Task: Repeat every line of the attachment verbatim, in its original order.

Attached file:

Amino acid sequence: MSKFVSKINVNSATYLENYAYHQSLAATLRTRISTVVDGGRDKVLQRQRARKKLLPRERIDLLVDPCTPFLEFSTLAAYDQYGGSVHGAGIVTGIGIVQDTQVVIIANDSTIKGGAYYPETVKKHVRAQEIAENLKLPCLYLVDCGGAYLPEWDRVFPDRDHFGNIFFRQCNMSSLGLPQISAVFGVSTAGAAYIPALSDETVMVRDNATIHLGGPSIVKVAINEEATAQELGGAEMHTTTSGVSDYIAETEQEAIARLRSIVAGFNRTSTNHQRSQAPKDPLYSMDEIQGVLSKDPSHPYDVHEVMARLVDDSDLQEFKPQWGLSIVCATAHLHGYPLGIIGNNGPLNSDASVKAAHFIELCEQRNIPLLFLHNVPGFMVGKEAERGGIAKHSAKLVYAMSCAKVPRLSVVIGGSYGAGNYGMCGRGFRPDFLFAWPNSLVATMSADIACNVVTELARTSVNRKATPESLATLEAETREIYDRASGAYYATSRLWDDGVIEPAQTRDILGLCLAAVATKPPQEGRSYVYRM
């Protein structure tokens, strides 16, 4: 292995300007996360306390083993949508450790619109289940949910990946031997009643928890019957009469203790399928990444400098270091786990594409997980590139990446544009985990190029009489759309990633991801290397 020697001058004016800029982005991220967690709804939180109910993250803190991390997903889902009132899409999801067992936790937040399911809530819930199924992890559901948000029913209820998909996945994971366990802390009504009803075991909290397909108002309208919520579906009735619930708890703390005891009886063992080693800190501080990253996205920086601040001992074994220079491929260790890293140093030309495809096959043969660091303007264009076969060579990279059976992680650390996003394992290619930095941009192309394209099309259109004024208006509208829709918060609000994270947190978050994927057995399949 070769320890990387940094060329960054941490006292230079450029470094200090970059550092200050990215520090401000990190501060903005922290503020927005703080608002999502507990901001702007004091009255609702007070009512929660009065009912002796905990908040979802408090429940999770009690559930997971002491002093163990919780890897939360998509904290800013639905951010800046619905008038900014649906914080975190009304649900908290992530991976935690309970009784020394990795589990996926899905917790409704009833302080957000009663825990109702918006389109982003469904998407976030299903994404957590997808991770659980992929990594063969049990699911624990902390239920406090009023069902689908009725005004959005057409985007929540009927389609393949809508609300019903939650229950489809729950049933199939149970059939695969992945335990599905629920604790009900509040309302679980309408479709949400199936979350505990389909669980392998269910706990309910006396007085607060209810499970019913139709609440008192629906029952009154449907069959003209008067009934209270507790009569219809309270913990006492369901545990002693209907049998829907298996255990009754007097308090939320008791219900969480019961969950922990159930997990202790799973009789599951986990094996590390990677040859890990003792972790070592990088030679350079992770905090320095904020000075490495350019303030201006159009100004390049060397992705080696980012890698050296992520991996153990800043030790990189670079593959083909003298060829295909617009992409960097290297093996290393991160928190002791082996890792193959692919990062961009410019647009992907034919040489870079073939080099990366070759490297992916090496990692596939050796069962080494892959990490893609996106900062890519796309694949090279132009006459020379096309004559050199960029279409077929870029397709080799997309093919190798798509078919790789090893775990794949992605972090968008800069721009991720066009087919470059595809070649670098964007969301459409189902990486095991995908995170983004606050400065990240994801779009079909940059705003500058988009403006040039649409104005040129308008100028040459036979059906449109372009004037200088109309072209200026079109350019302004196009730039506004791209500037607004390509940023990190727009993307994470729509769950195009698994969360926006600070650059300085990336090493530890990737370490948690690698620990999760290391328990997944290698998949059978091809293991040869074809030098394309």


Amino acid sequence: MSKFVSKINVNSATYLENYAYHQSLAATLRTRISTVVDGGRDKVLQRQRARKKLLPRERIDLLVDPCTPFLEFSTLAAYDQYGGSVHGAGIVTGIGIVQDTQVVIIANDSTIKGGAYYPETVKKHVRAQEIAENLKLPCLYLVDCGGAYLPEWDRVFPDRDHFGNIFFRQCNMSSLGLPQISAVFGVSTAGAAYIPALSDETVMVRDNATIHLGGPSIVKVAINEEATAQELGGAEMHTTTSGVSDYIAETEQEAIARLRSIVAGFNRTSTNHQRSQAPKDPLYSMDEIQGVLSKDPSHPYDVHEVMARLVDDSDLQEFKPQWGLSIVCATAHLHGYPLGIIGNNGPLNSDASVKAAHFIELCEQRNIPLLFLHNVPGFMVGKEAERGGIAKHSAKLVYAMSCAKVPRLSVVIGGSYGAGNYGMCGRGFRPDFLFAWPNSLVATMSADIACNVVTELARTSVNRKATPESLATLEAETREIYDRASGAYYATSRLWDDGVIEPAQTRDILGLCLAAVATKPPQEGRSYVYRM
């Protein structure tokens, strides 16, 4: 292995300007996360306390083993949508450790619109289940949910990946031997009643928890019957009469203790399928990444400098270091786990594409997980590139990446544009985990190029009489759309990633991801290397 020697001058004016800029982005991220967690709804939180109910993250803190991390997903889902009132899409999801067992936790937040399911809530819930199924992890559901948000029913209820998909996945994971366990802390009504009803075991909290397909108002309208919520579906009735619930708890703390005891009886063992080693800190501080990253996205920086601040001992074994220079491929260790890293140093030309495809096959043969660091303007264009076969060579990279059976992680650390996003394992290619930095941009192309394209099309259109004024208006509208829709918060609000994270947190978050994927057995399949 070769320890990387940094060329960054941490006292230079450029470094200090970059550092200050990215520090401000990190501060903005922290503020927005703080608002999502507990901001702007004091009255609702007070009512929660009065009912002796905990908040979802408090429940999770009690559930997971002491002093163990919780890897939360998509904290800013639905951010800046619905008038900014649906914080975190009304649900908290992530991976935690309970009784020394990795589990996926899905917790409704009833302080957000009663825990109702918006389109982003469904998407976030299903994404957590997808991770659980992929990594063969049990699911624990902390239920406090009023069902689908009725005004959005057409985007929540009927389609393949809508609300019903939650229950489809729950049933199939149970059939695969992945335990599905629920604790009900509040309302679980309408479709949400199936979350505990389909669980392998269910706990309910006396007085607060209810499970019913139709609440008192629906029952009154449907069959003209008067009934209270507790009569219809309270913990006492369901545990002693209907049998829907298996255990009754007097308090939320008791219900969480019961969950922990159930997990202790799973009789599951986990094996590390990677040859890990003792972790070592990088030679350079992770905090320095904020000075490495350019303030201006159009100004390049060397992705080696980012890698050296992520991996153990800043030790990189670079593959083909003298060829295909617009992409960097290297093996290393991160928190002791082996890792193959692919990062961009410019647009992907034919040489870079073939080099990366070759490297992916090496990692596939050796069962080494892959990490893609996106900062890519796309694949090279132009006459020379096309004559050199960029279409077929870029397709080799997309093919190798798509078919790789090893775990794949992605972090968008800069721009991720066009087919470059595809070649670098964007969301459409189902990486095991995908995170983004606050400065990240994801779009079909940059705003500058988009403006040039649409104005040129308008100028040459036979059906449109372009004037200088109309072209200026079109350019302004196009730039506004791209500037607004390509940023990190727009993307994470729509769950195009698994969360926006600070650059300085990336090493530890990737370490948690690698620990999760290391328990997944290698998949059978091809293991040869074809030098394309």